Forbes magazine reported recently there are at least 400 billionaires in the U.S. According to a Reuters report in 2005, there were at least 8.9 million U.S. households worth at least $1 million dollars:”This has led to a sizzling market for luxury cars like Maseratis and Porsches, as well as strong sales of yachts and luxury homes. … A booming U.S. economy has led to an explosion in the ranks of the wealthy unseen in a century, creating a surging market for luxury goods.” We see it all in Aspen, where luxury is defined in terms Thorstein Veblen described over a century ago in his acerbic book, “The Theory of the Leisure Class.” In Aspen, Veblen’s “conspicuous consumption” is a badge honor. So is his concept of “conspicuous waste.” Great wealth, Veblen said, is marked by the volume of natural resources a man or a family or a state can waste – much the way America burns oil. Even more illustrative of Veblen’s point is the waste of labor – like valets, and door openers, and work crews for second homes. Defining wealth by gross appetites goes back to Socrates, who referred to a “City of Pigs” as a state where material comfort is the sole basis for success. Pigs and men live in much the same way, fed and fattened to the point of comfortable complacency.Plato took the notion a step further when he described a state in “fever-heat,” where demand rises for things “beyond the necessities.” Here the “City of Pigs” morphs into the “luxurious state” replete with Sam’s Club, Wal-Mart, Costco, and other mega-retail chains designed to spew goods into the market by encouraging overconsumption. In order to meet this heightened demand, Plato said, the state must expand its borders by taking a “slice of our neighbor’s land.” When the neighboring state has that same goal, warned Plato, the result is war. Such is the price, he said, for the “unlimited accumulation of wealth.” A hopeful visionary I met last summer at an Aspen Institute seminar suggested that many wealthy young people he has met in America today are redefining their wealth. Material acquisition is passé, he said, as people put their resources into “saving the planet and living simply.” This redefinition of wealth has yet to sweep the country. It certainly has yet to sweep into Aspen, where we see the “luxurious state” in “fever-heat.” The war that Plato warned about is exactly what we’re doing in Iraq. The Greek philosophers had a much higher vision for us: “A life guided by intelligence,” admonished Aristotle, “is the best and most pleasant for man, inasmuch as intelligence, above all else, is man. Consequently, this kind of life is the happiest.”John Erskine, the father of the Great Books, went beyond Aristotle, insisting it is not just our happiness, but our moral obligation, to be intelligent: It is our duty as human beings to seek intelligence and realize our potential, he said. If the highest happiness could appeal to the wealthy, then a redefinition of wealth could allay material desires and bolster the kind of human intelligence necessary to extricate ourselves from the mess we’re in globally. A desire for intelligence might even trickle down to the masses. If my hopeful, visionary friend is right in saying that those with wealth are beginning to pursue the highest happiness while living a simple life, then we are finally approaching the Jeffersonian American ideal. Haven’t we seen enough of the “City of Pigs,” of fever-heat, of taking a slice from our neighbors, of war? Maybe … just maybe, Aristotle can win out over Veblen in the struggle between wisdom and waste. Our future depends upon it.Paul Andersen’s column appears on Mondays.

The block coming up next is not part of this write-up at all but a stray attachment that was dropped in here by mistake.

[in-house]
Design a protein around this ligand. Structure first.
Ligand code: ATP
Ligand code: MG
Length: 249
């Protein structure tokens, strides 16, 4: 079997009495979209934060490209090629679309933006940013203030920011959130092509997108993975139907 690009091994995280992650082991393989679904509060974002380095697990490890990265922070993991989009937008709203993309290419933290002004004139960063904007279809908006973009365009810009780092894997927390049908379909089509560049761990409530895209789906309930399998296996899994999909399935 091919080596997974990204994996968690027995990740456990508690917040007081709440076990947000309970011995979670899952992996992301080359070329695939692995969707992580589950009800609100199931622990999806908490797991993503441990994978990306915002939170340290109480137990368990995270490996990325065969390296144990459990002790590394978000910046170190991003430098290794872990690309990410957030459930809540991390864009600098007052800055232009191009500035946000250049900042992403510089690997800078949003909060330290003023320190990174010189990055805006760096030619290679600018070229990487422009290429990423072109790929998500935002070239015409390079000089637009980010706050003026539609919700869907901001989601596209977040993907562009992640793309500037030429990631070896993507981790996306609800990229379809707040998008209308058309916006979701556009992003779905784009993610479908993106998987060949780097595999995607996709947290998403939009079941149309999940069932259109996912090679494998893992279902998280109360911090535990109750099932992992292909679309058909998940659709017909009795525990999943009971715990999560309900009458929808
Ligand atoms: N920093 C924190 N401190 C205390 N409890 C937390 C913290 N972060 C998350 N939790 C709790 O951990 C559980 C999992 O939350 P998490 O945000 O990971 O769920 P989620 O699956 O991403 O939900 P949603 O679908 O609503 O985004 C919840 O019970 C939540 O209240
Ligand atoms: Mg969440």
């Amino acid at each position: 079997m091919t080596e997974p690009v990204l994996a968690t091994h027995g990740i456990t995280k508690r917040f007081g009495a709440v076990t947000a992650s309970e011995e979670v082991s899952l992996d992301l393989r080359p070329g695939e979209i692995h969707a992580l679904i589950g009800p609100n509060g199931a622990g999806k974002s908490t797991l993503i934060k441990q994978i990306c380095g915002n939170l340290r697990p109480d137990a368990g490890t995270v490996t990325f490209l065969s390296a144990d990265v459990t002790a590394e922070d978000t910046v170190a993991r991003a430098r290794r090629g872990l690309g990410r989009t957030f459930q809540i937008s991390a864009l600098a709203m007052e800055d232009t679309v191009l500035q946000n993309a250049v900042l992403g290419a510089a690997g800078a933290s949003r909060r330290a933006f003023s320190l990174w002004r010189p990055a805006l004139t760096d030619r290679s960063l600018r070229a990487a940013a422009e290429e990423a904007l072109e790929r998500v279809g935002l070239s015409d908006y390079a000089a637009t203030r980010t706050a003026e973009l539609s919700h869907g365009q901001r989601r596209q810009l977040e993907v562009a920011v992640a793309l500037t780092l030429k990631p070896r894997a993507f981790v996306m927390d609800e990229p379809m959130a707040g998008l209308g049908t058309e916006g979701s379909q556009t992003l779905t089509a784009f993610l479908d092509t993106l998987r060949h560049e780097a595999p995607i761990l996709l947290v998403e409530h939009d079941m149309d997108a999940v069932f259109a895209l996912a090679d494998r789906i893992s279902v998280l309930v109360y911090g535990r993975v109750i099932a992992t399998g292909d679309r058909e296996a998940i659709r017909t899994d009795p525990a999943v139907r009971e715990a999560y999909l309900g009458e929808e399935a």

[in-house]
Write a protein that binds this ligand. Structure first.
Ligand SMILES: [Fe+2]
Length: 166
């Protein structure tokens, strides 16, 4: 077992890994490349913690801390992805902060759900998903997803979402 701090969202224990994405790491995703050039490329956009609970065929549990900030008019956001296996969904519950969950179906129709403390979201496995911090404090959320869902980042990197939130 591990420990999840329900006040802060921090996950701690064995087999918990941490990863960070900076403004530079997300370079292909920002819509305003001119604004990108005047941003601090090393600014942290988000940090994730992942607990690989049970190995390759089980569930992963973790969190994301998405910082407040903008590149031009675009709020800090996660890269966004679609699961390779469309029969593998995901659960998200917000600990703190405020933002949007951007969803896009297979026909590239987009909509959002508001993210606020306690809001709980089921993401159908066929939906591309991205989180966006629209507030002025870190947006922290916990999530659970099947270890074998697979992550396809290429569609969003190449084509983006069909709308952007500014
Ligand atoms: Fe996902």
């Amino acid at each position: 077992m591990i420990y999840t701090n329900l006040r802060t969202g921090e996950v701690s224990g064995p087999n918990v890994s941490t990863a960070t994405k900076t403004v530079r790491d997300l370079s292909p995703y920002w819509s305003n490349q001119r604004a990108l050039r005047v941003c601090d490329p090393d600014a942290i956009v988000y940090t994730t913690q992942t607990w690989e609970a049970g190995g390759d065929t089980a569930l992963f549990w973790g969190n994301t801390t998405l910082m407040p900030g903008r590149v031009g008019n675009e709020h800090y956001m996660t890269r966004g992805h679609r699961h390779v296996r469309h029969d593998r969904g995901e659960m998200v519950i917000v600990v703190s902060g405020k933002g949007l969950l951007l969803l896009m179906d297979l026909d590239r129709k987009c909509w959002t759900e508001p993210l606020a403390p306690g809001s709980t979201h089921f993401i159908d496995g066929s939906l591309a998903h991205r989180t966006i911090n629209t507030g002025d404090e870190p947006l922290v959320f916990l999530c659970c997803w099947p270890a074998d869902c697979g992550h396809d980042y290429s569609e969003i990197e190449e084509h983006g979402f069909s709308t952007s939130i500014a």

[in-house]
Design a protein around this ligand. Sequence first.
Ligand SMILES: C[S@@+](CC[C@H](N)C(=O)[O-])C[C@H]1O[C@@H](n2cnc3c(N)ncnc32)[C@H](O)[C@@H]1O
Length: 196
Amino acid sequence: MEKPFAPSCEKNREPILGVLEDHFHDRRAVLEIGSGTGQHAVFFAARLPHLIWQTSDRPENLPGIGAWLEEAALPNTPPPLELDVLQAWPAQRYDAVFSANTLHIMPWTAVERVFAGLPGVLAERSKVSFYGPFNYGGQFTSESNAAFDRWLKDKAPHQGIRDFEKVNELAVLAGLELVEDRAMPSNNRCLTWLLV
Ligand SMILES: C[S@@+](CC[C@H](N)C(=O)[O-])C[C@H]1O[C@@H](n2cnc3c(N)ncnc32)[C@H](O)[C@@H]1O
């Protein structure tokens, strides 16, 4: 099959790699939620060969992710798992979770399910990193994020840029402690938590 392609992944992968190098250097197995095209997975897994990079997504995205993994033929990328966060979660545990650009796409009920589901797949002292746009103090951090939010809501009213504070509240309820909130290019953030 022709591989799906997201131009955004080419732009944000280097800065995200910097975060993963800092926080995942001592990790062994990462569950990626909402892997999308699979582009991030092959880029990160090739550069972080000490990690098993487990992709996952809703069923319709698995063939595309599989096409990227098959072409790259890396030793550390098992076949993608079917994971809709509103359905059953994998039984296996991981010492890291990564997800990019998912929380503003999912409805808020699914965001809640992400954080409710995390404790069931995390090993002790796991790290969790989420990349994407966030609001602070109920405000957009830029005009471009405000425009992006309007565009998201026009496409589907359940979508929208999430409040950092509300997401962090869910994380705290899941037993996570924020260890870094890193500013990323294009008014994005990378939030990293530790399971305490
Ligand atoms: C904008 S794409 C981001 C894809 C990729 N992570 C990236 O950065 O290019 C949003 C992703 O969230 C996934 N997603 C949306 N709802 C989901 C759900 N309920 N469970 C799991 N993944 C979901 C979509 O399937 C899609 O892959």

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For the past five-plus years I have sat in a big chair in a small office on Hyman Avenue watching life in Aspen and the Roaring Fork Valley play out in front of me.